The series against New Zealand was a mixed bag for South Africa, but the most important thing was that they won.
SACricketmag.com looks at the positives and negatives that came out of the three one-day internationals.
Let’s get all the negative stuff out of the way. The fielding (catching) from both teams was shocking, perplexing and uncharacteristic. Neither captain could explain it afterwards but to see South Africa, who are usually the standard bearers for world-class fielding, drop so many catches was strange. The Proteas were fortunate to win the series despite this, because a better team on a different day would have punished them for it.
Fragile middle order
Missing Faf du Plessis and JP Duminy in this series was both a negative and a positive. A negative because it weakened the middle order considerably but a positive because it tested the batting depth, with mixed results. South Africa were exposed in the second ODI in Potchefstroom, but had enough contributors at the top of the order and the lower order in the decider. Du Plessis was perhaps a bigger loss than Duminy, but with David Miller out of sorts, it put a lot of pressure on Hashim Amla and AB de Villiers to come good with the bat.
Behardien makes his case
The pressure was on Farhaan Behardien in the series to show why the selectors have persevered with him, and he did just that. He scored a well-played 70 in the second ODI and an equally important 40 in the final game to prove he has the ability to close out an innings with the tail. He also offers a bowling option and has done enough in this series to go to India later this year. He may well have to move No 7 to accommodate the return of JP Duminy, but the truth is that Behardien has the ability to bat anywhere in the batting order, so it doesn’t really matter.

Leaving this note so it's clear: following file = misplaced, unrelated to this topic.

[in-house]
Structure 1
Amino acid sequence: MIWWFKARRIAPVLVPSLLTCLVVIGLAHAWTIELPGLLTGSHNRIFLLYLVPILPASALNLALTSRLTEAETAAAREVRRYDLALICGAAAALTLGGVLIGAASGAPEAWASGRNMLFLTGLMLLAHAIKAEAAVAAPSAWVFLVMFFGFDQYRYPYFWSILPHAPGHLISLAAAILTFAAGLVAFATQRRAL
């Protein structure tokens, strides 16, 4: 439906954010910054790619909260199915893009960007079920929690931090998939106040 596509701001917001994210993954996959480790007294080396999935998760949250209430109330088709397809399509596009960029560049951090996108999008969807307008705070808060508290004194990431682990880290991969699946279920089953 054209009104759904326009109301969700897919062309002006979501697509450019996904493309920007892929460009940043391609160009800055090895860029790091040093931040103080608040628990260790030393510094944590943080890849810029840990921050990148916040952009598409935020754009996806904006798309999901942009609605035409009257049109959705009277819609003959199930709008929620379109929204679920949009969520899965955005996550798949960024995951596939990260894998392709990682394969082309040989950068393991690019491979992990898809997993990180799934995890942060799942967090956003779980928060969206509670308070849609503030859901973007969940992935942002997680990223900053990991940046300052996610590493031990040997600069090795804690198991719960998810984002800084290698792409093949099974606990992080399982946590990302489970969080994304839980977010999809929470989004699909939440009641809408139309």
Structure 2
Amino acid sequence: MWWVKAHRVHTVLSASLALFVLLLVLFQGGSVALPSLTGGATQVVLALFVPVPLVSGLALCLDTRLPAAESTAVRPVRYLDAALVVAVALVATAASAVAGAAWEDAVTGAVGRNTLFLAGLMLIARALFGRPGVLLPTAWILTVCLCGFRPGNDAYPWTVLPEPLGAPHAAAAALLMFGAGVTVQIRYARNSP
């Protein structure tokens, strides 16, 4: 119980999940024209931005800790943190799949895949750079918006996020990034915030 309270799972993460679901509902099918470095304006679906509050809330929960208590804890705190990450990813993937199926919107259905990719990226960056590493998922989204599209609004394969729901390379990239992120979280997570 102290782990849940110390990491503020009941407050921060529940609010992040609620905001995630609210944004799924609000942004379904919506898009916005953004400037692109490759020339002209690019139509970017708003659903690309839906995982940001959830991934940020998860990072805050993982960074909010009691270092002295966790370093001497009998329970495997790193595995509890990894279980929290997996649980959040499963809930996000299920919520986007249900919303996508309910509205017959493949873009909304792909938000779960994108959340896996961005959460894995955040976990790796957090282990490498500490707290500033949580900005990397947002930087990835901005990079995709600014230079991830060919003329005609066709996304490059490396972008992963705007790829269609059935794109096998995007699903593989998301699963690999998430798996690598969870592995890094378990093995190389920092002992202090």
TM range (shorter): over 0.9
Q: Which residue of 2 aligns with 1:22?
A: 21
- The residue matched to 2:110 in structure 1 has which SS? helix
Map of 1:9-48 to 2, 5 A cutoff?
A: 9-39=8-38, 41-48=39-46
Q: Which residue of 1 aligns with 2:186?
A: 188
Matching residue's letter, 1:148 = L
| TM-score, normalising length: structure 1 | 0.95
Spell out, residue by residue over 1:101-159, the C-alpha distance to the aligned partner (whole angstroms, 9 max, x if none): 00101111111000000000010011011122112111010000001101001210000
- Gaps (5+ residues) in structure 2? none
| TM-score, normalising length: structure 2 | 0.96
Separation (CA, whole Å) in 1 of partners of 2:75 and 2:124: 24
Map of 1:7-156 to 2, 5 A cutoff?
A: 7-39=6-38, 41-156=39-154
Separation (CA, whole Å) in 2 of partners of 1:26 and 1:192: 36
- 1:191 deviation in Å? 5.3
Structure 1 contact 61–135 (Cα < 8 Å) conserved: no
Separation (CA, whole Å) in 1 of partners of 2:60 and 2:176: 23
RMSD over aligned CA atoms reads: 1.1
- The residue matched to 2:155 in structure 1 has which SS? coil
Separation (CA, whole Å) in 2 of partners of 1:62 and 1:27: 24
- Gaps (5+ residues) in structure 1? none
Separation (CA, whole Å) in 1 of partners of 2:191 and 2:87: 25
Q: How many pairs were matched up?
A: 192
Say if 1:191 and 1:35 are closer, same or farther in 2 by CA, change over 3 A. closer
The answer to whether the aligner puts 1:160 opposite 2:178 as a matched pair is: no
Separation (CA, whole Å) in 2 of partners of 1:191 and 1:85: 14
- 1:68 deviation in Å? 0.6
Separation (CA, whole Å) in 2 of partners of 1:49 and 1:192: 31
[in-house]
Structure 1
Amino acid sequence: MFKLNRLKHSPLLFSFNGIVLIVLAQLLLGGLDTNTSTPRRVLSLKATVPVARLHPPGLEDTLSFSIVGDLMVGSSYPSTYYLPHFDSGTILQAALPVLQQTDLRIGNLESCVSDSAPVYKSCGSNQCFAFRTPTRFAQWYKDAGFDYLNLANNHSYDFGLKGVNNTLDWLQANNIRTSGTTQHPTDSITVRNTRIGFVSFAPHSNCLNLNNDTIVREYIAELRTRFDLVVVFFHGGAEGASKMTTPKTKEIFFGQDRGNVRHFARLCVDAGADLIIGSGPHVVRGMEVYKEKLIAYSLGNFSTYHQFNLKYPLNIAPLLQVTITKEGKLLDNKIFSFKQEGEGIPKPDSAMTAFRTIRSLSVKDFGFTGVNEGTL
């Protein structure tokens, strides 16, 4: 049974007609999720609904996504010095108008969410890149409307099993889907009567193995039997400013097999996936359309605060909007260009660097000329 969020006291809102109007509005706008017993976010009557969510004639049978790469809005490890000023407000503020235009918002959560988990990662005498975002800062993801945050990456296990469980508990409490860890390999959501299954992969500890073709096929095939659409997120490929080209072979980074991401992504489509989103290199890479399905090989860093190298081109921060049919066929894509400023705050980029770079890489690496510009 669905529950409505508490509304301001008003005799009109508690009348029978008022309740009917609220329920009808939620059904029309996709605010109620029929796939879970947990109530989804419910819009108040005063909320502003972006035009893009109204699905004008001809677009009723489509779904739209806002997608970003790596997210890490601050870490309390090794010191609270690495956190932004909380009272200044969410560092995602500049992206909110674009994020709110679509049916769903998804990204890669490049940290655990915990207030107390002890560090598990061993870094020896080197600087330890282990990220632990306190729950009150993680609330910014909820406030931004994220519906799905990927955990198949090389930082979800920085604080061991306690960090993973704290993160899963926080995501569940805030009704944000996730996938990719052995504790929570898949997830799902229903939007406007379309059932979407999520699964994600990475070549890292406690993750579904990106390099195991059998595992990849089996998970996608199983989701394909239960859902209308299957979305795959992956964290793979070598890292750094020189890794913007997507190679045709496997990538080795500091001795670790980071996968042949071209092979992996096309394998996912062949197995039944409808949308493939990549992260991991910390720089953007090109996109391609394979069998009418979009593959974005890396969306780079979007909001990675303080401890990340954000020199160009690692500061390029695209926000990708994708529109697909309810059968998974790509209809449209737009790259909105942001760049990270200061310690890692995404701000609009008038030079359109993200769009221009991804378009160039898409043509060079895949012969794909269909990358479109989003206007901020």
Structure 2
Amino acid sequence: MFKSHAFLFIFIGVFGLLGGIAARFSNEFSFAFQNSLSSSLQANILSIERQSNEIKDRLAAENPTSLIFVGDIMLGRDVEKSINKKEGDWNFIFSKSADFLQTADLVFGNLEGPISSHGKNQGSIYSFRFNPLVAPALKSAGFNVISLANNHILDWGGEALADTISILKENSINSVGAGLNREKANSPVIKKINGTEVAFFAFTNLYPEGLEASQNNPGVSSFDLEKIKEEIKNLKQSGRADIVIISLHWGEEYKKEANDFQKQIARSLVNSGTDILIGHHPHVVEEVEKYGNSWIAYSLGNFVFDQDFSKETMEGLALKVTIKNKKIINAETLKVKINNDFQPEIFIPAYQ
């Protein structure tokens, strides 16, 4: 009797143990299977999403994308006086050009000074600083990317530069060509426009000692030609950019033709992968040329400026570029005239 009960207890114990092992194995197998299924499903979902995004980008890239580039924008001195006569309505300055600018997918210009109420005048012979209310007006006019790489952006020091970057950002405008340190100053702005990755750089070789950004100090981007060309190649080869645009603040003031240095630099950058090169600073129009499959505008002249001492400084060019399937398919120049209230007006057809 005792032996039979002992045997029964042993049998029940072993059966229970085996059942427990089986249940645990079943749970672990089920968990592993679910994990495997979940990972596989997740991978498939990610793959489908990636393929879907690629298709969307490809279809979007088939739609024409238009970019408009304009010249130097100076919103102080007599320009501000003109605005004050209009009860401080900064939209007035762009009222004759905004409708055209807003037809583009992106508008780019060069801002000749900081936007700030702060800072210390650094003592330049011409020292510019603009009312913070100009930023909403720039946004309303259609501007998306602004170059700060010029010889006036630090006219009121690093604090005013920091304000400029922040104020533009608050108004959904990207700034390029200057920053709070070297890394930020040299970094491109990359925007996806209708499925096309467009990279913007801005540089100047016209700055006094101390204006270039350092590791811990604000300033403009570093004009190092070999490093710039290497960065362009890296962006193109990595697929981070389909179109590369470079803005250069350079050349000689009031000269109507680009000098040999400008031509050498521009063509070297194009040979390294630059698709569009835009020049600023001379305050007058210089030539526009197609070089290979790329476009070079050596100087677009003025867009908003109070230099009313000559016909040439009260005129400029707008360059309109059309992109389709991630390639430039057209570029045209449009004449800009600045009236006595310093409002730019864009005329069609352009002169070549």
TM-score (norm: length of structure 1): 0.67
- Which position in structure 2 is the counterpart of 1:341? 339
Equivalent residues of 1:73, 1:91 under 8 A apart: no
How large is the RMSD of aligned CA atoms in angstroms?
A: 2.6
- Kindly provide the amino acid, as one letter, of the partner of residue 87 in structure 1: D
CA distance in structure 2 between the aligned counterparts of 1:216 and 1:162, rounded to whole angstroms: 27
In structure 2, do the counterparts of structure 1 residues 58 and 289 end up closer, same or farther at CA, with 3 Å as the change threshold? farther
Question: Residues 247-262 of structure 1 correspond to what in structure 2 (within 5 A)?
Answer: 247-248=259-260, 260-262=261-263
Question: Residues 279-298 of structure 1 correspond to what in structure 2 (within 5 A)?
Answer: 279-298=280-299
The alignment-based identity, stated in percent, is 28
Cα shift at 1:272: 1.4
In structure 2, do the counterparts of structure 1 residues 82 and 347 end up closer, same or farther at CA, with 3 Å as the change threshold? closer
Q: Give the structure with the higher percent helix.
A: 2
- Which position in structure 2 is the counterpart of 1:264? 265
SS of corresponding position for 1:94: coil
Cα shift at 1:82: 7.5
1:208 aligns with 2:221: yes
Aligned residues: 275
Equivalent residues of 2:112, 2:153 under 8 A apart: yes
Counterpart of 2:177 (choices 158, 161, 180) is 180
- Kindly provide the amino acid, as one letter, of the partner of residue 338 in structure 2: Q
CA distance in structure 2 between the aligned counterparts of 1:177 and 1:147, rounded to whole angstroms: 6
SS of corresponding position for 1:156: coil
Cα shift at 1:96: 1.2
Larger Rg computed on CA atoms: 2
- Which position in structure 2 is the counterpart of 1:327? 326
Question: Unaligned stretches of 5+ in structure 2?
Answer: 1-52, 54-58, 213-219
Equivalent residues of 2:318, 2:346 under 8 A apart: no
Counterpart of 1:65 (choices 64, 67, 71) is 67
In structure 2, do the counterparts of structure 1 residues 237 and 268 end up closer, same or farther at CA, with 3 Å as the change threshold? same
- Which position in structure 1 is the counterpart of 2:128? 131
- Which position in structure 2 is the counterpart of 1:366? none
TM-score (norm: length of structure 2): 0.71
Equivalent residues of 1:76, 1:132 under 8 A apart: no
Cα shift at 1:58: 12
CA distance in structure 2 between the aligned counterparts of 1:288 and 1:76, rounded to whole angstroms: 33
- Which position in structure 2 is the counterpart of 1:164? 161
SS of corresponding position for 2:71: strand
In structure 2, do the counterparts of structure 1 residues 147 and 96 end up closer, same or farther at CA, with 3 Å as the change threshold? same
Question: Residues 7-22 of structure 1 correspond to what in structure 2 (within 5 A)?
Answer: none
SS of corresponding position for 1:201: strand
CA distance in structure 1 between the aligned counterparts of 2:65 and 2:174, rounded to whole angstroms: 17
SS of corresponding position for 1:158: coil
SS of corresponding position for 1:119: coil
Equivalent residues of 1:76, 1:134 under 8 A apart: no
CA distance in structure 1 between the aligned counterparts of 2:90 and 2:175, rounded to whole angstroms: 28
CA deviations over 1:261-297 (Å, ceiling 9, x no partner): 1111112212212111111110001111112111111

But what about David Wiese?
Wiese, more than anyone, needed a good showing in Durban to repay the selectors’ faith in him throughout the series. He had a terrible time in the field, dropping routine catches and didn’t quite convince with the bat, but it would be unfair to drop him after only three games. Playing in this series would have been a big learning curve for him and he should at least go to India as a squad player. It must also not be forgotten that despite being expensive at times, Wiese still managed to take wickets at crucial times. He ended the series as the joint top wicket-taker (5) together with teammate Imran Tahir and New Zealand’s Adam Milne.
Thank you for your service
This was, barring catastrophic injury in the future, probably the last time Morne van Wyk will play international cricket. He didn’t do much in the two T20I games and only came good in the final ODI with 58, but it was too late, especially if one considers Quinton de Kock’s three hundreds on tour for the South Africa A side currently on tour in India. Dane Vilas will in all likelihood be De Kock’s deputy in all formats going forward. Van Wyk was a loyal servant of South African cricket over the years, but at 36 years of age, his time is up.